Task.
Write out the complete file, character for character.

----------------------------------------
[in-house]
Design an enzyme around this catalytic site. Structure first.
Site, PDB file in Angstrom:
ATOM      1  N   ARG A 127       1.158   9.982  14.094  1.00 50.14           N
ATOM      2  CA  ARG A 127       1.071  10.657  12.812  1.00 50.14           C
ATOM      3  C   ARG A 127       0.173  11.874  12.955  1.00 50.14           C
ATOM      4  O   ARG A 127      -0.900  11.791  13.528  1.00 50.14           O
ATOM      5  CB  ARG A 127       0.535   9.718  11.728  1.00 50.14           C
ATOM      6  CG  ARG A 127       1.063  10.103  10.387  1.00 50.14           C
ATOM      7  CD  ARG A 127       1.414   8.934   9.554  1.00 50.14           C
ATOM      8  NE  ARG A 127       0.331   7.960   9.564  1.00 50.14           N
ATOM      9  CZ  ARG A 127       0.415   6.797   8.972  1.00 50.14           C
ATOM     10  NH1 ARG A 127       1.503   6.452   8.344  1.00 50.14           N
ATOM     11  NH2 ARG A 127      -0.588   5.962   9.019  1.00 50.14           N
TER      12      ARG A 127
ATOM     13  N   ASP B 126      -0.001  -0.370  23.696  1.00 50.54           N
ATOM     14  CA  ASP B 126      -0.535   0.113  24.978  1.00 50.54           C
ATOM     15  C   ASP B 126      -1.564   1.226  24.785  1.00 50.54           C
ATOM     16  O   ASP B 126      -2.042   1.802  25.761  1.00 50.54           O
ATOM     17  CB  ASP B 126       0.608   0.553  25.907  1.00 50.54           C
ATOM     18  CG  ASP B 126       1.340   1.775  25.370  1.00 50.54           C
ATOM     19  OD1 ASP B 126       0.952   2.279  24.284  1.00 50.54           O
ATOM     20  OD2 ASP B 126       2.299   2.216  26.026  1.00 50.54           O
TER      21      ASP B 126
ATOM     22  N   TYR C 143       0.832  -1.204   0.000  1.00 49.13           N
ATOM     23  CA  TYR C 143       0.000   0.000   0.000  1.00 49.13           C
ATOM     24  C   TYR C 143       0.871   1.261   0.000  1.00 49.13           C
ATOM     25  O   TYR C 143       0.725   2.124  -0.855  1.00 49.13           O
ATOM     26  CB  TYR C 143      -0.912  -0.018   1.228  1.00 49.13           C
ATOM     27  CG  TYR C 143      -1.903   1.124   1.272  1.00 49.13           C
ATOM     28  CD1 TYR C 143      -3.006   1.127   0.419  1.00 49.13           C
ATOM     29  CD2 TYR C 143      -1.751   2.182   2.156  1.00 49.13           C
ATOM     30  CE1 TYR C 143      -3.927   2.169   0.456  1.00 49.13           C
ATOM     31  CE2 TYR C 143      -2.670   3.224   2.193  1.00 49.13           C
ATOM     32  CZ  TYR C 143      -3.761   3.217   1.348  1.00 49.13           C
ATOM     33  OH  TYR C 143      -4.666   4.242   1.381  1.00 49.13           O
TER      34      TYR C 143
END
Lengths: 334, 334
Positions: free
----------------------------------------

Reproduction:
[in-house]
Design an enzyme around this catalytic site. Structure first.
Site, PDB file in Angstrom:
ATOM      1  N   ARG A 127       1.158   9.982  14.094  1.00 50.14           N
ATOM      2  CA  ARG A 127       1.071  10.657  12.812  1.00 50.14           C
ATOM      3  C   ARG A 127       0.173  11.874  12.955  1.00 50.14           C
ATOM      4  O   ARG A 127      -0.900  11.791  13.528  1.00 50.14           O
ATOM      5  CB  ARG A 127       0.535   9.718  11.728  1.00 50.14           C
ATOM      6  CG  ARG A 127       1.063  10.103  10.387  1.00 50.14           C
ATOM      7  CD  ARG A 127       1.414   8.934   9.554  1.00 50.14           C
ATOM      8  NE  ARG A 127       0.331   7.960   9.564  1.00 50.14           N
ATOM      9  CZ  ARG A 127       0.415   6.797   8.972  1.00 50.14           C
ATOM     10  NH1 ARG A 127       1.503   6.452   8.344  1.00 50.14           N
ATOM     11  NH2 ARG A 127      -0.588   5.962   9.019  1.00 50.14           N
TER      12      ARG A 127
ATOM     13  N   ASP B 126      -0.001  -0.370  23.696  1.00 50.54           N
ATOM     14  CA  ASP B 126      -0.535   0.113  24.978  1.00 50.54           C
ATOM     15  C   ASP B 126      -1.564   1.226  24.785  1.00 50.54           C
ATOM     16  O   ASP B 126      -2.042   1.802  25.761  1.00 50.54           O
ATOM     17  CB  ASP B 126       0.608   0.553  25.907  1.00 50.54           C
ATOM     18  CG  ASP B 126       1.340   1.775  25.370  1.00 50.54           C
ATOM     19  OD1 ASP B 126       0.952   2.279  24.284  1.00 50.54           O
ATOM     20  OD2 ASP B 126       2.299   2.216  26.026  1.00 50.54           O
TER      21      ASP B 126
ATOM     22  N   TYR C 143       0.832  -1.204   0.000  1.00 49.13           N
ATOM     23  CA  TYR C 143       0.000   0.000   0.000  1.00 49.13           C
ATOM     24  C   TYR C 143       0.871   1.261   0.000  1.00 49.13           C
ATOM     25  O   TYR C 143       0.725   2.124  -0.855  1.00 49.13           O
ATOM     26  CB  TYR C 143      -0.912  -0.018   1.228  1.00 49.13           C
ATOM     27  CG  TYR C 143      -1.903   1.124   1.272  1.00 49.13           C
ATOM     28  CD1 TYR C 143      -3.006   1.127   0.419  1.00 49.13           C
ATOM     29  CD2 TYR C 143      -1.751   2.182   2.156  1.00 49.13           C
ATOM     30  CE1 TYR C 143      -3.927   2.169   0.456  1.00 49.13           C
ATOM     31  CE2 TYR C 143      -2.670   3.224   2.193  1.00 49.13           C
ATOM     32  CZ  TYR C 143      -3.761   3.217   1.348  1.00 49.13           C
ATOM     33  OH  TYR C 143      -4.666   4.242   1.381  1.00 49.13           O
TER      34      TYR C 143
END
Lengths: 334, 334
Positions: free